In this new series of blogs, we put a spotlight on the work of the Future Hospital development sites. Data and analysis are core components of all service improvement projects and here the North West Paediatric Allergy Network and Worthing Hospital teams share their experiences of quality improvement measurement and analysis.
North West Paediatric Allergy Network
Integrated services for children with allergies in the north west
The North West Paediatric Allergy Network is the only paediatric service among the Future Hospital development sites. The network has a hub in Manchester and covers the whole of the north west.
Their mission is to educate and empower primary care to manage children’s allergies, with a particular focus on:
- milk allergy in young children
- nut allergy in older children.
Notably, most GPs are not trained in how to manage allergies. Indeed, in a questionnaire given by the team to 150 GPs, only half got the right answer when asked which milk formula they would give a 3-month-old with a cow’s milk allergy.
A new way to share electronic records
In this project, electronic records are not just being used to collect data but are a tool for empowering GPs and supporting them in providing safe care for their young patients with allergies.
In order to improve outcomes for patients, the network decided to advocate the EMIS (Education Managment Information System) for GPs to use when they see children with a milk allergy. They developed an e-form covering demographics, disease, allergies and management and investigations.
Using technology that is already available, the project is streamlining care and bringing it to the patient.
Data is collected by the doctor or nurse and submitted to a data manager for analysis. Children with red flag symptoms are referred to secondary or tertiary care. For those without red flags, GPs are advised what to do and how to follow up the patient. Using technology that is already available, the project is streamlining care and bringing it to the patient.
Improving the care of frail and older patients
The project at Worthing Hospital involves a multiprofessional team working to minimise the number of transfers of care experienced by frail and older patients. The improvements they have made through their collaboration with the Future Hospital Programme (FHP) are guaranteeing that the time patients spend in hospital is utilised optimally.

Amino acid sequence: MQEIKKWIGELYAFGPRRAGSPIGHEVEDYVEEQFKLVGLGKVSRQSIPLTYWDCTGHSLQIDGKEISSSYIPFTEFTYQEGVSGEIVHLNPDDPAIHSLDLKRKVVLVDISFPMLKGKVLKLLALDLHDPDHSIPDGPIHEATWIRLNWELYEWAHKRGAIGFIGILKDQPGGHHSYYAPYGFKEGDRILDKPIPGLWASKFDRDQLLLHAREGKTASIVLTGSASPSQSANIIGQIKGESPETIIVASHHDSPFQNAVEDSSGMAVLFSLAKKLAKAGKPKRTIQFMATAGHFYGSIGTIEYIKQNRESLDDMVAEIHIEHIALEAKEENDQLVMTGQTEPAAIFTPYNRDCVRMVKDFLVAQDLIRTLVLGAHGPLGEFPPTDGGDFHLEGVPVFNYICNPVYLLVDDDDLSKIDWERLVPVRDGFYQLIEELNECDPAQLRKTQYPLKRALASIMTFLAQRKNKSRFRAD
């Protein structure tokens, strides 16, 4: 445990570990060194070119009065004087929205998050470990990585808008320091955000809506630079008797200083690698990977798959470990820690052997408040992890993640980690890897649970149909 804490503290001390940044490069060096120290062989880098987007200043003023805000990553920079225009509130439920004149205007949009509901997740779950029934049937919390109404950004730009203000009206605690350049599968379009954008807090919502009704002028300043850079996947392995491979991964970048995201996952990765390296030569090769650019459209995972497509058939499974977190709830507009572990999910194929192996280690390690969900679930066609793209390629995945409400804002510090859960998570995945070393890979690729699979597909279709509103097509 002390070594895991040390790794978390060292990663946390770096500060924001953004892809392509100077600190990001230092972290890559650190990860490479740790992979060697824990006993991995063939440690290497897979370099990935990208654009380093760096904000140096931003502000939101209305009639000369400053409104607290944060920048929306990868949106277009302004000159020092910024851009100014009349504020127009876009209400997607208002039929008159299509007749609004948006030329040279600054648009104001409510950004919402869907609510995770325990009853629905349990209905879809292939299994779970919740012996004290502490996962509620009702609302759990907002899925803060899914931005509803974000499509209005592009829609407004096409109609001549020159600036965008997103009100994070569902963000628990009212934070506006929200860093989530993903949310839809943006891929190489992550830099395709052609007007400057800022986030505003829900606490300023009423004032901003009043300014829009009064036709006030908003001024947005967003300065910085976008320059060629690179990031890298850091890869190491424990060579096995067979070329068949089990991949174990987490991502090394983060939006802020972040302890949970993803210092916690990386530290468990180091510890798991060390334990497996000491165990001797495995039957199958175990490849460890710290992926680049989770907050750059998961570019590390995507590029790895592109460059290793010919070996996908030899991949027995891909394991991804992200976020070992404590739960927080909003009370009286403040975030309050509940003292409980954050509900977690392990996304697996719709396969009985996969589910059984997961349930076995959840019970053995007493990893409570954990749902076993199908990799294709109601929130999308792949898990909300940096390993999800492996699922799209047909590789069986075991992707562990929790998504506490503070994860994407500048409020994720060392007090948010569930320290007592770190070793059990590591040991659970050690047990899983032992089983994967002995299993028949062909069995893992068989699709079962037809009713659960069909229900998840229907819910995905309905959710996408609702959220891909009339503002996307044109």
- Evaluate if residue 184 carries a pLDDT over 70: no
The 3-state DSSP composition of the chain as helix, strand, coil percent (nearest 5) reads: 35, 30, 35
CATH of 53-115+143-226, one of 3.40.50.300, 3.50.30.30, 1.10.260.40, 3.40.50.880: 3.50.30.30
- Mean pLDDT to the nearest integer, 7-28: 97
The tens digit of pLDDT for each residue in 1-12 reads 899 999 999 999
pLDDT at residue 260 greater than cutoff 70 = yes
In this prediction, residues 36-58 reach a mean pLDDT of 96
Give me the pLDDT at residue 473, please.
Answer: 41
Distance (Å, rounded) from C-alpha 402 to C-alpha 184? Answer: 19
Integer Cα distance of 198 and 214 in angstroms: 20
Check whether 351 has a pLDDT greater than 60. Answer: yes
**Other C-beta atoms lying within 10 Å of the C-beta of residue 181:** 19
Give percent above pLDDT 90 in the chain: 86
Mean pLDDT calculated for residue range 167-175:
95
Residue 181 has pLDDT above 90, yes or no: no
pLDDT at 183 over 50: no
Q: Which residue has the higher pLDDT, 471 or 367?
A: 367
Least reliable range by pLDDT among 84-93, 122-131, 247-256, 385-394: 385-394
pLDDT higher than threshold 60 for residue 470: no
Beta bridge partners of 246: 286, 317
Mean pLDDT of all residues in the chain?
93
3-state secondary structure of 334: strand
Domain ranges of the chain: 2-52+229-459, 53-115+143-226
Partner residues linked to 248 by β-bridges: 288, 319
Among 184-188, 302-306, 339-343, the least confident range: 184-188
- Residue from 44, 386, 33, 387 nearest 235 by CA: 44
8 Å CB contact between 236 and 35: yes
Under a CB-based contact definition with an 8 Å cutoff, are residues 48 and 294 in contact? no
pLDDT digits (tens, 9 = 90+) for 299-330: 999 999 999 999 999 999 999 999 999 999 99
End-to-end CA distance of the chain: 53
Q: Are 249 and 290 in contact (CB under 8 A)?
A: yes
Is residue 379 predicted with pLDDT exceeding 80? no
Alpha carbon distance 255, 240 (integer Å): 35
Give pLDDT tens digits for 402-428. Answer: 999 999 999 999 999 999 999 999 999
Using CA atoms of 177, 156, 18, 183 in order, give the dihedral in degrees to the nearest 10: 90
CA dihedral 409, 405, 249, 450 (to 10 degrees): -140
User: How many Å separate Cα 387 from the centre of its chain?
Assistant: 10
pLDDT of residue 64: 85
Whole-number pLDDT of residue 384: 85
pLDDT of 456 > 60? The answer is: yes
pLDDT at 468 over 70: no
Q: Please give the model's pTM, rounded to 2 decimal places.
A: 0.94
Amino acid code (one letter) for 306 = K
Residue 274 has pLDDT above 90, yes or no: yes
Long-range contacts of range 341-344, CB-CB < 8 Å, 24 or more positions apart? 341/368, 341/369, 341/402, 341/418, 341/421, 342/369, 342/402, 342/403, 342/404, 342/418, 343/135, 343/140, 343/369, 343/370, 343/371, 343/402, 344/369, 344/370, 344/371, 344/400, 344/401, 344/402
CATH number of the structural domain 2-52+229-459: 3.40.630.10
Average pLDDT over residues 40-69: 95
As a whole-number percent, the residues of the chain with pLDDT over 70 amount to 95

The project, which is based on Worthing Hospital’s emergency floor, aims to:
- standardise clinical pathways and streamline care for frail and older patients
- achieve safe, effective clinical management for all patients.
Merging IT systems
Worthing Hospital had three medical, surgical and elderly care assessment units – each with different teams and surrounded by complicated administration and systems – that were merged into one. Fortunately, additional land on the site meant that they were given more space and could expand the unit from 29 to 67 beds.
Throughout this ambitious redesign work, the team carried out data-guided quality improvement. The most important learning so far has been to:
- identify the metrics early on to demonstrate where you are making a difference
- be rigorous in how you report and share that information.
Developing a data strategy with the FHP
The FHP have helped the development site teams to develop a data strategy. Crucially, the teams have learned to have ‘fun’ with data and use it in a productive way. The data demonstrate change over time, for example:
- the average time patients waited has dropped by more than 26 minutes
- waiting times for those awaiting surgery have dropped by more than half
- time to consultant review has improved by 20%
- there was no deterioration in the quality of care
- there was a small reduction in the average length of stay.
Worthing Hospital report one side effect: now everyone is collecting data. The occupational therapists are collecting data on falls and hip fractures, and physiotherapists on how quickly they get to see patients.
For this team, the biggest impact has been on surgery with patients either not being admitted or having a much shorter length of stay so that surgery wards were able to be reconfigured to medical wards. They have had increased patient numbers – and have started to meet the needs of people coming through the doors.
This blog is inspired by the presentations/conversations captured at a meeting of all eight development site teams in September 2016.